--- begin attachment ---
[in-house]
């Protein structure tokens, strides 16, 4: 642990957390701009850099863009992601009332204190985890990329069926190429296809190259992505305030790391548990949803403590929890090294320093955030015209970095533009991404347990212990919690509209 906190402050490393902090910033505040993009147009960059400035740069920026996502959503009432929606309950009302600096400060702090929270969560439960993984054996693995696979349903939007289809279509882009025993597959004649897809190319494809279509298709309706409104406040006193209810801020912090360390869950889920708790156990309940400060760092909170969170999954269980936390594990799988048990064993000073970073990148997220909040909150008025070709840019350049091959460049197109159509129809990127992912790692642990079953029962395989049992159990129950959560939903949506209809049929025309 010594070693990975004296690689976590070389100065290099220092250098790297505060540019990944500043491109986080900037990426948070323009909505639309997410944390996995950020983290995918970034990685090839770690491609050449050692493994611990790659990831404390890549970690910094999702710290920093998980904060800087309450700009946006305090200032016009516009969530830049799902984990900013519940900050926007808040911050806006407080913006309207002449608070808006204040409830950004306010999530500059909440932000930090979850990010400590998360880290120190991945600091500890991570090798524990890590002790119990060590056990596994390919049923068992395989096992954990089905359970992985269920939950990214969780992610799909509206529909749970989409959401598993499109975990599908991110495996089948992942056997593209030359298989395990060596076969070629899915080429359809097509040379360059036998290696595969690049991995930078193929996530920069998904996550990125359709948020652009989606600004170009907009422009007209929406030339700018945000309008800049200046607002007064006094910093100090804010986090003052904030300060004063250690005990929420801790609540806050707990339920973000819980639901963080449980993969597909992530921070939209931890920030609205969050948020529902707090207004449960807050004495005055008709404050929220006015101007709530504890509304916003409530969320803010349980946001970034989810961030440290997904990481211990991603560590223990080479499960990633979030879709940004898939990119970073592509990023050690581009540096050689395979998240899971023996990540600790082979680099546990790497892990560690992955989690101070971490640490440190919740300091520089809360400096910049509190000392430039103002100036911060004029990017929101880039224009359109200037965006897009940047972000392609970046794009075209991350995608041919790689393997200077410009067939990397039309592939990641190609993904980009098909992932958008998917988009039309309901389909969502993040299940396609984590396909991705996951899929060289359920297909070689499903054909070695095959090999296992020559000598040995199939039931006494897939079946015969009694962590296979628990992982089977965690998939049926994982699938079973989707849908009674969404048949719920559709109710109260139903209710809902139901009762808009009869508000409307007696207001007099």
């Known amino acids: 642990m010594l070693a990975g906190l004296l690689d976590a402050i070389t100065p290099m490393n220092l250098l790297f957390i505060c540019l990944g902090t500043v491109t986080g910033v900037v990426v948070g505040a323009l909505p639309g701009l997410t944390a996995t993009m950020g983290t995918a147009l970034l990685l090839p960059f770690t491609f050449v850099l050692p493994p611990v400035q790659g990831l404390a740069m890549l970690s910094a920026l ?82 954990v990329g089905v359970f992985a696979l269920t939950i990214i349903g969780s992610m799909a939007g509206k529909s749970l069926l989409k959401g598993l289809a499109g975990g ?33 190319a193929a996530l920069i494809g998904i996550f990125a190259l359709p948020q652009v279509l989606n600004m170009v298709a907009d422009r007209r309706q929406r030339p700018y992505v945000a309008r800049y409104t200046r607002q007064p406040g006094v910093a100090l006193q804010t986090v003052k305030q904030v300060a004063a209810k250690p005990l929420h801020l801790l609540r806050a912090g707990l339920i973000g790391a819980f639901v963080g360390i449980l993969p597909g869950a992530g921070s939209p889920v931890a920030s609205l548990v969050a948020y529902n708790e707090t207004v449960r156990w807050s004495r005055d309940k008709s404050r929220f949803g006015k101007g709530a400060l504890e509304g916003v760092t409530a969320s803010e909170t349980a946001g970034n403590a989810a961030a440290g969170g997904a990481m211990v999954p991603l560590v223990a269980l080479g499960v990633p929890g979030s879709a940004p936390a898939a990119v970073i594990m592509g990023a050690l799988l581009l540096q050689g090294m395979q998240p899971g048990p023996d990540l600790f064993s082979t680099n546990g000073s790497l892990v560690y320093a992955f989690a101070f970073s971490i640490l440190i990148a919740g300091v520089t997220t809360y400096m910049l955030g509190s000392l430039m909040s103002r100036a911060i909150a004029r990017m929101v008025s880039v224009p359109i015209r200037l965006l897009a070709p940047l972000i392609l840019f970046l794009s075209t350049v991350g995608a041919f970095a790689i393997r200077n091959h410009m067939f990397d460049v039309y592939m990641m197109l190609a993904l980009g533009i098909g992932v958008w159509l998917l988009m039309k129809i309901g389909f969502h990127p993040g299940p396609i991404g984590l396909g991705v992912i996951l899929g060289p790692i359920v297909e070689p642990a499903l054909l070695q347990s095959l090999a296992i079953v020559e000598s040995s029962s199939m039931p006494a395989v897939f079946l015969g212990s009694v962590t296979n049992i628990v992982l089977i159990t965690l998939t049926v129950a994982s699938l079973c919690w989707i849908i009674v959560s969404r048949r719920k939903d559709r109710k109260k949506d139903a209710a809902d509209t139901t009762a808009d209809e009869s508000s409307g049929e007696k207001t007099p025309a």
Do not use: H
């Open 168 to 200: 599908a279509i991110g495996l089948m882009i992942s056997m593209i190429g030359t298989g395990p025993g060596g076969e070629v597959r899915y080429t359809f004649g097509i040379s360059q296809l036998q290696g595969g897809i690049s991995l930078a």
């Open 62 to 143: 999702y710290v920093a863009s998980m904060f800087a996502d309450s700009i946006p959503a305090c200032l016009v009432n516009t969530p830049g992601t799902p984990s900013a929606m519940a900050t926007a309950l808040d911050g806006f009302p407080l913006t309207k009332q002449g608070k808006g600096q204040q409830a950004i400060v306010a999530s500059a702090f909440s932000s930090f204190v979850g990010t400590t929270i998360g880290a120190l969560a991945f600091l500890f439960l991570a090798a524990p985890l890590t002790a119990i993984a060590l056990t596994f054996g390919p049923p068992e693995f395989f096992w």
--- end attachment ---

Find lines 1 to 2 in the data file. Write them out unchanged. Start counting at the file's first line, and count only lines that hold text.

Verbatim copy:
[in-house]
């Protein structure tokens, strides 16, 4: 642990957390701009850099863009992601009332204190985890990329069926190429296809190259992505305030790391548990949803403590929890090294320093955030015209970095533009991404347990212990919690509209 906190402050490393902090910033505040993009147009960059400035740069920026996502959503009432929606309950009302600096400060702090929270969560439960993984054996693995696979349903939007289809279509882009025993597959004649897809190319494809279509298709309706409104406040006193209810801020912090360390869950889920708790156990309940400060760092909170969170999954269980936390594990799988048990064993000073970073990148997220909040909150008025070709840019350049091959460049197109159509129809990127992912790692642990079953029962395989049992159990129950959560939903949506209809049929025309 010594070693990975004296690689976590070389100065290099220092250098790297505060540019990944500043491109986080900037990426948070323009909505639309997410944390996995950020983290995918970034990685090839770690491609050449050692493994611990790659990831404390890549970690910094999702710290920093998980904060800087309450700009946006305090200032016009516009969530830049799902984990900013519940900050926007808040911050806006407080913006309207002449608070808006204040409830950004306010999530500059909440932000930090979850990010400590998360880290120190991945600091500890991570090798524990890590002790119990060590056990596994390919049923068992395989096992954990089905359970992985269920939950990214969780992610799909509206529909749970989409959401598993499109975990599908991110495996089948992942056997593209030359298989395990060596076969070629899915080429359809097509040379360059036998290696595969690049991995930078193929996530920069998904996550990125359709948020652009989606600004170009907009422009007209929406030339700018945000309008800049200046607002007064006094910093100090804010986090003052904030300060004063250690005990929420801790609540806050707990339920973000819980639901963080449980993969597909992530921070939209931890920030609205969050948020529902707090207004449960807050004495005055008709404050929220006015101007709530504890509304916003409530969320803010349980946001970034989810961030440290997904990481211990991603560590223990080479499960990633979030879709940004898939990119970073592509990023050690581009540096050689395979998240899971023996990540600790082979680099546990790497892990560690992955989690101070971490640490440190919740300091520089809360400096910049509190000392430039103002100036911060004029990017929101880039224009359109200037965006897009940047972000392609970046794009075209991350995608041919790689393997200077410009067939990397039309592939990641190609993904980009098909992932958008998917988009039309309901389909969502993040299940396609984590396909991705996951899929060289359920297909070689499903054909070695095959090999296992020559000598040995199939039931006494897939079946015969009694962590296979628990992982089977965690998939049926994982699938079973989707849908009674969404048949719920559709109710109260139903209710809902139901009762808009009869508000409307007696207001007099």